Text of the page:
In March, the Financial Times reported that Google's Android division was working on its own smartwatch, more than likely in the Nexus program. Later in the year, 9to5google added to the speculation, saying a Google "Gem" smartwatch was coming. It will reportedly feature at-a-glance Google Now-like information tiles and Bluetooth 4.0 to take advantage of your phone's brains and give it the best battery life possible.
The Chromebook saw its first high-end model during 2013 with Google's Chrome Pixel, but 2014 will be a year of aiming for the budget crowd.
Chrome OS is built for lightweight machines. It allows manufacturers to keep down the price and still bring enough processing power for users to get work done.
Asus has already confirmed it will get in on the Chromebook market during 2014. We suspect Samsung, Asus, LG, Acer and HP will continue targeting schools and customers on a budget during the new year - probably with a focus on cheap touchscreens too.
READ: Chrome Pixel review
The Chromebook platform struggles to gain marketshare, however. According to IDC numbers this week, the Chromebook market sat at 1 per cent of all shipped PCs and tablets in Q3 2013. Samsung led the way with roughly 652,000 Chromebooks shipped, and other vendors represented "tiny volume".
Could 2014 be the Chromebook's year?
Next-generation Google Glass for the public
Google Glass has been available for members of the "Explorer" program - those who paid $1,500 to check out the technology early - during 2013. Google plans to expand its wearables program in the new year with a Glass product aimed at the masses, and at a reasonable price point between $200-$600.
In April, Google chairman Eric Schmidt said: "Well, the developers are beginning now. It would be fair to say that there will be thousands of these in use by developers over the next months and based on their feedback we'll make some product changes and it's probably a year-ish away."
Google has been making major changes to Google Glass in the latter part of 2013, including the announcement of prescription lenses, an earbud accessory, several software enhancements, and a second version of Google Glass with small changes that Explorers can get for free.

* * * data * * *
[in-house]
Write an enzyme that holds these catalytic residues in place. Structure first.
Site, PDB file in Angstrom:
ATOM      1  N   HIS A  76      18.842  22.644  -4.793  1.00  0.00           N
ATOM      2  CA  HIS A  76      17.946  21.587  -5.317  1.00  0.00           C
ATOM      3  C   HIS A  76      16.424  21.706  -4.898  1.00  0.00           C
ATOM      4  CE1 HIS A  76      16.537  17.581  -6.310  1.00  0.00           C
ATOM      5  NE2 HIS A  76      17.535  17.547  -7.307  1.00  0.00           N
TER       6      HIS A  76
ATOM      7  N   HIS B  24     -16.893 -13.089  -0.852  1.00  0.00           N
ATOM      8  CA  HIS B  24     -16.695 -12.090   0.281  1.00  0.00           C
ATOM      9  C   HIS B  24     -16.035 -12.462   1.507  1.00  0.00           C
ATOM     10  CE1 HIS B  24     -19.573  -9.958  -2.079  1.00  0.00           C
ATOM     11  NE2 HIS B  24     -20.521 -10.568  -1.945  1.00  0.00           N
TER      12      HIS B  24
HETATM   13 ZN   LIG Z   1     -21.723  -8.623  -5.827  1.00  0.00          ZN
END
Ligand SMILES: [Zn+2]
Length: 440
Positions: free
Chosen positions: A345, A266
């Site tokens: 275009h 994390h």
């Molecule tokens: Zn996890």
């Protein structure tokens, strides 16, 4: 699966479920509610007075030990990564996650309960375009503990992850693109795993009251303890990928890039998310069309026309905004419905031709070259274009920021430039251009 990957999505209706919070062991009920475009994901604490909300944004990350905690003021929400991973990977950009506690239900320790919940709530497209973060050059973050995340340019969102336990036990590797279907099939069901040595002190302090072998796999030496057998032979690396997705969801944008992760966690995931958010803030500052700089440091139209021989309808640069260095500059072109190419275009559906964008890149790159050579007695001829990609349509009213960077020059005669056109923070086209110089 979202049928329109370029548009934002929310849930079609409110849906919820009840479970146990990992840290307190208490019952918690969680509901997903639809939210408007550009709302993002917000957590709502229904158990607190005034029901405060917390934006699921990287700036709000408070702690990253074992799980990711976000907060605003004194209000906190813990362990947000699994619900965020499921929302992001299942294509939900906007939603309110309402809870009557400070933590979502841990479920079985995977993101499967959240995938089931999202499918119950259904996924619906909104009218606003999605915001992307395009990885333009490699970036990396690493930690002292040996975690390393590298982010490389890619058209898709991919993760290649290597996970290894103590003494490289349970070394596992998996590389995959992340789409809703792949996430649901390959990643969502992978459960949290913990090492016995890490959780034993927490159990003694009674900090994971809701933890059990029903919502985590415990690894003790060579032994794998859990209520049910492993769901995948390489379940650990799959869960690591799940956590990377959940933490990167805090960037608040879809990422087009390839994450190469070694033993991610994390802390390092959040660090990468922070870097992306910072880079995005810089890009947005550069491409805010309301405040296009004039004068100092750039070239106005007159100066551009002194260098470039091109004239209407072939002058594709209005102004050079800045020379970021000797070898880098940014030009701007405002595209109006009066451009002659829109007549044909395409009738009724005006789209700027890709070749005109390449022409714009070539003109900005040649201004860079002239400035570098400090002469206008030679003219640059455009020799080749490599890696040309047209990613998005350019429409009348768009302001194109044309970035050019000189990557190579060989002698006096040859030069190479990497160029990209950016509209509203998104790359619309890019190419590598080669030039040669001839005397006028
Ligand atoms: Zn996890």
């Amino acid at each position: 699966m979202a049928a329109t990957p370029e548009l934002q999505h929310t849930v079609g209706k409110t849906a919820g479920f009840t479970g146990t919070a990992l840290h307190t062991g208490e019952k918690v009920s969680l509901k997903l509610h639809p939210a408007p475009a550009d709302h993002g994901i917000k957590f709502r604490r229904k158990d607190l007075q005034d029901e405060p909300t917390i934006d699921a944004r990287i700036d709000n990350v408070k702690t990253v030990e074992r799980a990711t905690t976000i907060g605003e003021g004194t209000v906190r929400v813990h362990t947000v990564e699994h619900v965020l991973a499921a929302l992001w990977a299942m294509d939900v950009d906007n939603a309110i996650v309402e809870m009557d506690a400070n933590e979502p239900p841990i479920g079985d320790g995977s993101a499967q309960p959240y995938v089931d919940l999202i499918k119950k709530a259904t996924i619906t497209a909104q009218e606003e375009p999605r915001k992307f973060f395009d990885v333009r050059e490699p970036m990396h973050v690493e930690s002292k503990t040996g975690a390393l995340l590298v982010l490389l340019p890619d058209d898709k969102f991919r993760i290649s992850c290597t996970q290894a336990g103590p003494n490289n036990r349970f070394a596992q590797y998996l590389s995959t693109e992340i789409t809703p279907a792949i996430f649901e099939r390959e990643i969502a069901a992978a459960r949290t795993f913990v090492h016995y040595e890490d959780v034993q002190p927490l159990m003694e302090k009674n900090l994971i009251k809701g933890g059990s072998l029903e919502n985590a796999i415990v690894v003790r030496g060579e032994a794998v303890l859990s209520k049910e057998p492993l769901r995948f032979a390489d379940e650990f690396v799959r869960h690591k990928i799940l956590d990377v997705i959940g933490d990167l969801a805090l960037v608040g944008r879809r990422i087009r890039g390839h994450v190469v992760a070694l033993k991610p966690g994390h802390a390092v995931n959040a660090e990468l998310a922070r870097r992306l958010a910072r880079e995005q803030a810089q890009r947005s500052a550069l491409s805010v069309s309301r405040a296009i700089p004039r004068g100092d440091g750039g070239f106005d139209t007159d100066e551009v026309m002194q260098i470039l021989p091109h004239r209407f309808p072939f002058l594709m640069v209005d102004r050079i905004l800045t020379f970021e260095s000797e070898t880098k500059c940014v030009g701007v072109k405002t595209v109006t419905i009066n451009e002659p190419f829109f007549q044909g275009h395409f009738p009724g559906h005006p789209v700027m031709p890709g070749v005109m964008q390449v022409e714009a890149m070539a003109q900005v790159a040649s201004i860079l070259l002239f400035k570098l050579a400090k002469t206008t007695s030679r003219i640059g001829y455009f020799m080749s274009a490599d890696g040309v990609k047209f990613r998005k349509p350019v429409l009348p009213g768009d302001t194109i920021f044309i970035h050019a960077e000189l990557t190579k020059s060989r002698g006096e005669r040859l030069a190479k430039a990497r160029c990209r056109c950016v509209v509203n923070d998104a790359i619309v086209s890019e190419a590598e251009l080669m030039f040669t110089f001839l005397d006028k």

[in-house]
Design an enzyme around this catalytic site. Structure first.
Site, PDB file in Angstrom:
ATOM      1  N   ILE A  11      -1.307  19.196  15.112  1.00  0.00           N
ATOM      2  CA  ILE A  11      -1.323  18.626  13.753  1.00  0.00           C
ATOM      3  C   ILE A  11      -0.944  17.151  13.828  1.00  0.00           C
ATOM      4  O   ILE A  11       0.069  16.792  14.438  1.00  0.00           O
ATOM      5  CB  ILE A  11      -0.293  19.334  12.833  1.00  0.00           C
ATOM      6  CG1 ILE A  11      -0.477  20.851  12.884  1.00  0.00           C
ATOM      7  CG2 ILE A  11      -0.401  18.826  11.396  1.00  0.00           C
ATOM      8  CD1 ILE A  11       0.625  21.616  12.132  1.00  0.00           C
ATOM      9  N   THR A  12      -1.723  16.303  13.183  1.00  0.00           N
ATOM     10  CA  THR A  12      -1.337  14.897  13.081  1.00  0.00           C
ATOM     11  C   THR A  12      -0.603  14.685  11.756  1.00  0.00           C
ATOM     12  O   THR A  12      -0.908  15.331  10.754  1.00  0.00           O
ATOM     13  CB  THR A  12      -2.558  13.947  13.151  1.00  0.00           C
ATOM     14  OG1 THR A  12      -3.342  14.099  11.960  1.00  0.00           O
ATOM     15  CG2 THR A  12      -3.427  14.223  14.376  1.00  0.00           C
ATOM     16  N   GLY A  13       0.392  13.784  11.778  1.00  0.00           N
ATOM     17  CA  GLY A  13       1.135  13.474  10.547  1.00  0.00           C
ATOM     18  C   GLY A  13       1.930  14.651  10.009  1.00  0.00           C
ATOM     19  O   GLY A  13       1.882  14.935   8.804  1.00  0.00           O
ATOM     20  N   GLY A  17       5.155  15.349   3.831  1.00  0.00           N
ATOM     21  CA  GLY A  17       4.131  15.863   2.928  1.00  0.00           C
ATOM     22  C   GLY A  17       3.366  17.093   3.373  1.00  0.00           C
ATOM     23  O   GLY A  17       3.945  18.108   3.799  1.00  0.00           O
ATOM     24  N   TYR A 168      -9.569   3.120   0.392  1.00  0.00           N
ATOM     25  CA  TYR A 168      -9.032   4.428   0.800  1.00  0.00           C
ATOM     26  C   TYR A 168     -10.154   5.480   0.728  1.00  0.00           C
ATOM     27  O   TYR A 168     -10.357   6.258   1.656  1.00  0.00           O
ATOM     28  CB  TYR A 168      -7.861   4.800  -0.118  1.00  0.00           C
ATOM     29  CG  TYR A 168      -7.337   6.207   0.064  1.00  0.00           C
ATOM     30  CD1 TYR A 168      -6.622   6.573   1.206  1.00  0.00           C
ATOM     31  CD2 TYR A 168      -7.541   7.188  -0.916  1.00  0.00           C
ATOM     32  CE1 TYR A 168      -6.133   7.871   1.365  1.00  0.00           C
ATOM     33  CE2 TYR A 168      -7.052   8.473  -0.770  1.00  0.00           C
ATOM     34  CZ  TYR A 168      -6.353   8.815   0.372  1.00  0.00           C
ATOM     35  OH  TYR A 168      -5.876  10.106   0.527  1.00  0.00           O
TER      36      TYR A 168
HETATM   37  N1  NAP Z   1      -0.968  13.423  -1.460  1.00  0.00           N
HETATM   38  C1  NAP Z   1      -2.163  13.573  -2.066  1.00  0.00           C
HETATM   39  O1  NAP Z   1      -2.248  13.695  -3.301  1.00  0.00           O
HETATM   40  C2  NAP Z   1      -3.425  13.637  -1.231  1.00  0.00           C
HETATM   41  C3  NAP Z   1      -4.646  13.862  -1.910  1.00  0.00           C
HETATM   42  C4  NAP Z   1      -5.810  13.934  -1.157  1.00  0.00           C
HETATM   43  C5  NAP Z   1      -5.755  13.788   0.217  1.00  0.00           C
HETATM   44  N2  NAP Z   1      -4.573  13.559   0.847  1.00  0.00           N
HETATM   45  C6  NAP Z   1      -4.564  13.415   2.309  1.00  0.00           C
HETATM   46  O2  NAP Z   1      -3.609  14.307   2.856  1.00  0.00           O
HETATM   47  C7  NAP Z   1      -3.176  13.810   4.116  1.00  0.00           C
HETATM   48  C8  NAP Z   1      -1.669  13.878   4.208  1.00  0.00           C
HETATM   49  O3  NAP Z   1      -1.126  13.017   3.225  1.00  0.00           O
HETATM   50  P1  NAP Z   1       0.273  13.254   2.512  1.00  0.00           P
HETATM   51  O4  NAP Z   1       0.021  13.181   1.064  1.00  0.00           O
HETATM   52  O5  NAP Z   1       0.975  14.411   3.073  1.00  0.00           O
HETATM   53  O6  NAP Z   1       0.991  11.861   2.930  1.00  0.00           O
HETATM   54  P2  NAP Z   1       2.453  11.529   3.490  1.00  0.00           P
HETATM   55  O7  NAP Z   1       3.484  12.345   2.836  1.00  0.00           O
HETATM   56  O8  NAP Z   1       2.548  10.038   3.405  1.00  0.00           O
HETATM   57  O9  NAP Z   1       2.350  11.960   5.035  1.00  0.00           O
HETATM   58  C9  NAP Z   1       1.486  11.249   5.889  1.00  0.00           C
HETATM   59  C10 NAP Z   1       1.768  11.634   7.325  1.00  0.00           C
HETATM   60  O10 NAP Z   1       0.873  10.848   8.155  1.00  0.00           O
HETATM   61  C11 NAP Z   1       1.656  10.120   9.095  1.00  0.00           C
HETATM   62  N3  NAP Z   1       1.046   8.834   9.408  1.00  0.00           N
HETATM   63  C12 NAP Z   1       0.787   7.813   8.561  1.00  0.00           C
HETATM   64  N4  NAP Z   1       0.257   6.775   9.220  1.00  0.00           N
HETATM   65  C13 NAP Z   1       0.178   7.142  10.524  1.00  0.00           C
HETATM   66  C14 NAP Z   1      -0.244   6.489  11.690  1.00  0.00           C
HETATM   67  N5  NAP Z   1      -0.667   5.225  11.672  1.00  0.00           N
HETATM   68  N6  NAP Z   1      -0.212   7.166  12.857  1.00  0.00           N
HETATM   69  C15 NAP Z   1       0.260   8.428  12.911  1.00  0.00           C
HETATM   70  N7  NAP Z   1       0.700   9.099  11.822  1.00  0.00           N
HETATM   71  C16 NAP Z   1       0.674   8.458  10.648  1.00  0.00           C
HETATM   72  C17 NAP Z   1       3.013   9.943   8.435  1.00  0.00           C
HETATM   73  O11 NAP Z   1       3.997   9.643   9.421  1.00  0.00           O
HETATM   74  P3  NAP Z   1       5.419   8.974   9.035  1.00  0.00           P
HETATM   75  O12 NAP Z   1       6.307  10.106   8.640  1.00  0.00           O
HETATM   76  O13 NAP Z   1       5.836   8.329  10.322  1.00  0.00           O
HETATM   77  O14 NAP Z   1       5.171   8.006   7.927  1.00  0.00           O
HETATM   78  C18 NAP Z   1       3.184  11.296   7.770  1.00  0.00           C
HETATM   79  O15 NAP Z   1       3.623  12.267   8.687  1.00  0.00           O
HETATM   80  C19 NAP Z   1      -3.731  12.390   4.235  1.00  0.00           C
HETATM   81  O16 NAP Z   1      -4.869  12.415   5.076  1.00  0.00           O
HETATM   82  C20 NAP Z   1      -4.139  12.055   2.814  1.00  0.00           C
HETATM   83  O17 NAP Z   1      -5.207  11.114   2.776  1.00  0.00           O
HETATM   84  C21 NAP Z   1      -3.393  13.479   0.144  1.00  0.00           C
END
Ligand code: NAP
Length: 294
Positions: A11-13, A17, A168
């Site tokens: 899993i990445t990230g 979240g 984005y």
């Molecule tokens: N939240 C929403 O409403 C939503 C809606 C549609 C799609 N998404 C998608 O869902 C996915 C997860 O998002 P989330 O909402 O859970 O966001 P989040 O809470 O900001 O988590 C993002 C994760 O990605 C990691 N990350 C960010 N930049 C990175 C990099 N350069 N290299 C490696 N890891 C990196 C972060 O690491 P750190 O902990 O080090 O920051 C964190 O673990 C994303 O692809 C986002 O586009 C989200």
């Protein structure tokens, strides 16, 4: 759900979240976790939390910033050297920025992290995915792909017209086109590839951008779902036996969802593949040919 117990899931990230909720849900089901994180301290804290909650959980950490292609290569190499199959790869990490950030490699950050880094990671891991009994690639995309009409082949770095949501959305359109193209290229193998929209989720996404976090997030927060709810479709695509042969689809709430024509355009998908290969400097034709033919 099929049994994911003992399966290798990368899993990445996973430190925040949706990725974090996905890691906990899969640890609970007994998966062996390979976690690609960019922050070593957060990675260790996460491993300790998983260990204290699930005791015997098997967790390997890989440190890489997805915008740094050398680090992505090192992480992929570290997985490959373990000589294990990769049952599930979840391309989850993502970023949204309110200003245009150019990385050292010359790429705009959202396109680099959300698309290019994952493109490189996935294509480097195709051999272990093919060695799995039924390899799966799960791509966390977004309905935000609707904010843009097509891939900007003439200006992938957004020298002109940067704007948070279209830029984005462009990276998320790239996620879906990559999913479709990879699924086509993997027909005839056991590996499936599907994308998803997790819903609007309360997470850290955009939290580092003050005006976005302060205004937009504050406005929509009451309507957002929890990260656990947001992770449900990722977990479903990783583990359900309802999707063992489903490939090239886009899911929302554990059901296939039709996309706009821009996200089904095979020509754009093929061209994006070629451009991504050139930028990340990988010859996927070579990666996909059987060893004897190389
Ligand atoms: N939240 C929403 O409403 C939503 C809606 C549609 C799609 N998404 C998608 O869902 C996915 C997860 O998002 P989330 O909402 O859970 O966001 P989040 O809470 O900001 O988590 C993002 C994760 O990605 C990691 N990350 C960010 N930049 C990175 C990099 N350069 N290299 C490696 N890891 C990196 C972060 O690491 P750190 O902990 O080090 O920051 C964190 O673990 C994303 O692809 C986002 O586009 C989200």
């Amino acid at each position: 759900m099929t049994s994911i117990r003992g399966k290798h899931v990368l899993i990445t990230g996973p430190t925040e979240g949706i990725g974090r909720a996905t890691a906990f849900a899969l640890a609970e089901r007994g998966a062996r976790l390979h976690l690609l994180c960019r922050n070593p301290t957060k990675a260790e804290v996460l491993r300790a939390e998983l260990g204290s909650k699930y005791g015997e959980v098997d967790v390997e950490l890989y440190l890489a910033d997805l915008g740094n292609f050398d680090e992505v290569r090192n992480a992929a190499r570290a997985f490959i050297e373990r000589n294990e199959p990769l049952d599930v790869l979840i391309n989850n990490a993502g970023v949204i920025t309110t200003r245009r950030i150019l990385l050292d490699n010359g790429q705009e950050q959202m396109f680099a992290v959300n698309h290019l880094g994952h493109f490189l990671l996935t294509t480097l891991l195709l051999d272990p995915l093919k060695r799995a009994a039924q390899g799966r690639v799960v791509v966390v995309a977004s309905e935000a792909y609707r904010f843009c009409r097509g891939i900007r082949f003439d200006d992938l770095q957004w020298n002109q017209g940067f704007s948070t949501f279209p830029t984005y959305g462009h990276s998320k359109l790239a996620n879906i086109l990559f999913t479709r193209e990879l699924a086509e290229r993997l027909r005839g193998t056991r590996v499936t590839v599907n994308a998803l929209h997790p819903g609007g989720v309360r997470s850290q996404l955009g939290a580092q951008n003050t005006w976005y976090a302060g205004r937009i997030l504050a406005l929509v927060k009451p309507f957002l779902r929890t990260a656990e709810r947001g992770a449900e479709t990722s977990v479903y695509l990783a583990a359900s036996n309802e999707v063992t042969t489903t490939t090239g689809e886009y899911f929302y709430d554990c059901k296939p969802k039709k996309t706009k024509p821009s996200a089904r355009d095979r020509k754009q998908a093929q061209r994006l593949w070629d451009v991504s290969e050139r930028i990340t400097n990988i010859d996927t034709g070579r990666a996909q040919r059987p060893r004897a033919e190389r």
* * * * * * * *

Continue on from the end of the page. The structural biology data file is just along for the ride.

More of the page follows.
Second-generation Nexus 10
The second-generation Nexus 10 was believed to be launching in autumn of 2013, but it never came. Now we suspect that the Asus-made product will be launched in 2014.
An earlier blip on Google Play told of a 10-inch screen at a 2560 x 1600 pixel resolution for 300ppi, a customary Snapdragon 800 chipset along with a hefty 3GB of RAM, 8-megapixel rear-camera, 2.1-megapixel front-camera, and a whopping 9,000mAh battery.
The 16GB version of the current Nexus 10 made by Samsung has seen its stock dwindle to non-existent in recent months. Usually, along with a new product launch, a company will drain the stock to make way for the new product.
Advancing voice search
Speaking to Computerworld, Google spokesperson Krisztina Radosavljevic-Szilagyi said Google had plans to focus on voice search in 2014. It not only wants to refine its search product on Android, but also to bring voice search in its Google app on iOS up to par with the Android platform.
"We're pretty close to par with Android," said Radosavljevic-Szilagyi. "On Android, we're also improving search all the time. Ultimately, we want people to be able to use search on both platforms the same way."
Google made big changes to its voice product in 2013, advancing Google Now to become one of the best performing voice assistants in the industry. Additionally, the Moto X brought Touchless Control, allowing users to say "OK Google" or "Ok Google (Now)" and then either execute the command or send the request to Google Voice Search, even with the handset's display off.
The feature then extended to Android 4.4 KitKat for even more handsets.
But Google still has further plans. "The interaction should become more natural," Radosavljevic-Szilagyi said. "With the growth in mobile, voice just becomes more natural."